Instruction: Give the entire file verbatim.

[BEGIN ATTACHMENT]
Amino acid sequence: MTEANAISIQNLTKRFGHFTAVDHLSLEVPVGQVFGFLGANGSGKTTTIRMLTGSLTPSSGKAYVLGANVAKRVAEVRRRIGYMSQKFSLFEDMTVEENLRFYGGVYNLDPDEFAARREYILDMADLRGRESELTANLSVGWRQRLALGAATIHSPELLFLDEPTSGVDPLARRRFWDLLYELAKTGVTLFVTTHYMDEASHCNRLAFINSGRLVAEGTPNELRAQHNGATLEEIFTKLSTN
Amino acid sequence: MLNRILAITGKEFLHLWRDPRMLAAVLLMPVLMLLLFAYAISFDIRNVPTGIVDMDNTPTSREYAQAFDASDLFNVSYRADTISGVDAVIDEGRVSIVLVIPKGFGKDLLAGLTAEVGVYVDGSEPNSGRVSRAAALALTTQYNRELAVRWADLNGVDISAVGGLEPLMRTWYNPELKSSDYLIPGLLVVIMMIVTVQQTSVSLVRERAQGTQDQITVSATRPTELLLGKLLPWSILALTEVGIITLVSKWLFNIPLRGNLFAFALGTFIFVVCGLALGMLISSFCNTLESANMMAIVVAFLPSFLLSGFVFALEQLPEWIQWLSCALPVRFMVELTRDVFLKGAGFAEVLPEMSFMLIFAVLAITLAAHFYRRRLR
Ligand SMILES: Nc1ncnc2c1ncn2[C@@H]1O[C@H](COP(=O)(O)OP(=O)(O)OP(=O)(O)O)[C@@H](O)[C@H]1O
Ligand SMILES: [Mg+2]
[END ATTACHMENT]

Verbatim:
Amino acid sequence: MTEANAISIQNLTKRFGHFTAVDHLSLEVPVGQVFGFLGANGSGKTTTIRMLTGSLTPSSGKAYVLGANVAKRVAEVRRRIGYMSQKFSLFEDMTVEENLRFYGGVYNLDPDEFAARREYILDMADLRGRESELTANLSVGWRQRLALGAATIHSPELLFLDEPTSGVDPLARRRFWDLLYELAKTGVTLFVTTHYMDEASHCNRLAFINSGRLVAEGTPNELRAQHNGATLEEIFTKLSTN
Amino acid sequence: MLNRILAITGKEFLHLWRDPRMLAAVLLMPVLMLLLFAYAISFDIRNVPTGIVDMDNTPTSREYAQAFDASDLFNVSYRADTISGVDAVIDEGRVSIVLVIPKGFGKDLLAGLTAEVGVYVDGSEPNSGRVSRAAALALTTQYNRELAVRWADLNGVDISAVGGLEPLMRTWYNPELKSSDYLIPGLLVVIMMIVTVQQTSVSLVRERAQGTQDQITVSATRPTELLLGKLLPWSILALTEVGIITLVSKWLFNIPLRGNLFAFALGTFIFVVCGLALGMLISSFCNTLESANMMAIVVAFLPSFLLSGFVFALEQLPEWIQWLSCALPVRFMVELTRDVFLKGAGFAEVLPEMSFMLIFAVLAITLAAHFYRRRLR
Ligand SMILES: Nc1ncnc2c1ncn2[C@@H]1O[C@H](COP(=O)(O)OP(=O)(O)OP(=O)(O)O)[C@@H](O)[C@H]1O
Ligand SMILES: [Mg+2]